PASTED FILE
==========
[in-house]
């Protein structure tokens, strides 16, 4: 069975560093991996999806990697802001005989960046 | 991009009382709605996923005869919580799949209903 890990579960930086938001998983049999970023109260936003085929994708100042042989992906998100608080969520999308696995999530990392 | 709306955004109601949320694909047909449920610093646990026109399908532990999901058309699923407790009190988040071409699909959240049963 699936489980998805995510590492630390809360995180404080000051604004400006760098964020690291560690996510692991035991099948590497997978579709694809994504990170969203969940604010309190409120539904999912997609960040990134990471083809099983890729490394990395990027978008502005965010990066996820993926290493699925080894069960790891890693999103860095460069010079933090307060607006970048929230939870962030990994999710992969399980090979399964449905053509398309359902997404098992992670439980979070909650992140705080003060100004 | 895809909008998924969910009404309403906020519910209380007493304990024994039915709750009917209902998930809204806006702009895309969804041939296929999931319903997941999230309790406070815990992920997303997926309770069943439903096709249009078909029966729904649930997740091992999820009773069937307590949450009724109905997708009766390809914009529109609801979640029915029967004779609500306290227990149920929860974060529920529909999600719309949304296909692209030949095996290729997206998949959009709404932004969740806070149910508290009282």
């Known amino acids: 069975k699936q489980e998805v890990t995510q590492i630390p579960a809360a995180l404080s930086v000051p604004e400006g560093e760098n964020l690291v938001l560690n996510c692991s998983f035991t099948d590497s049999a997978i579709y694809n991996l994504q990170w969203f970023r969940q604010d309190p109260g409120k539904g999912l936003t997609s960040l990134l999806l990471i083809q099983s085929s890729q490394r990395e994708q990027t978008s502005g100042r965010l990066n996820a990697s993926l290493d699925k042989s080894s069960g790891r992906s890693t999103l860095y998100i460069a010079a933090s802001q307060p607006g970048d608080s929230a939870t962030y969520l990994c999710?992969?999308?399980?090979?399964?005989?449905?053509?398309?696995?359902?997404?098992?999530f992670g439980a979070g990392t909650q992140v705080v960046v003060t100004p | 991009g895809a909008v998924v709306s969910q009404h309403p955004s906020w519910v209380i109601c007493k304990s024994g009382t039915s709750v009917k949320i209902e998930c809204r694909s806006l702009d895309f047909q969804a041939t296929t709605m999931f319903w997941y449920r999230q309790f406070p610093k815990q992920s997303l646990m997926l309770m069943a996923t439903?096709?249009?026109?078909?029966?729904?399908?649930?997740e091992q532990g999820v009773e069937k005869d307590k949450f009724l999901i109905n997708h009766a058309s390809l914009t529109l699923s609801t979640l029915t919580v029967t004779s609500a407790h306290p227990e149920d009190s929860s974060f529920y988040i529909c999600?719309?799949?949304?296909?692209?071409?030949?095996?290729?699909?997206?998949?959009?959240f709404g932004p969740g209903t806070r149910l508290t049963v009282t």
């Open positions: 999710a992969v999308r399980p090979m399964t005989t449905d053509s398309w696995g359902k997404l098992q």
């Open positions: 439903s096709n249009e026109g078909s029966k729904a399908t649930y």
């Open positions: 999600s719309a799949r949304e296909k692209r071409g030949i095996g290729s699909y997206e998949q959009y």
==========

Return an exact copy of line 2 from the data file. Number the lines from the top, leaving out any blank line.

């Protein structure tokens, strides 16, 4: 069975560093991996999806990697802001005989960046 | 991009009382709605996923005869919580799949209903 890990579960930086938001998983049999970023109260936003085929994708100042042989992906998100608080969520999308696995999530990392 | 709306955004109601949320694909047909449920610093646990026109399908532990999901058309699923407790009190988040071409699909959240049963 699936489980998805995510590492630390809360995180404080000051604004400006760098964020690291560690996510692991035991099948590497997978579709694809994504990170969203969940604010309190409120539904999912997609960040990134990471083809099983890729490394990395990027978008502005965010990066996820993926290493699925080894069960790891890693999103860095460069010079933090307060607006970048929230939870962030990994999710992969399980090979399964449905053509398309359902997404098992992670439980979070909650992140705080003060100004 | 895809909008998924969910009404309403906020519910209380007493304990024994039915709750009917209902998930809204806006702009895309969804041939296929999931319903997941999230309790406070815990992920997303997926309770069943439903096709249009078909029966729904649930997740091992999820009773069937307590949450009724109905997708009766390809914009529109609801979640029915029967004779609500306290227990149920929860974060529920529909999600719309949304296909692209030949095996290729997206998949959009709404932004969740806070149910508290009282």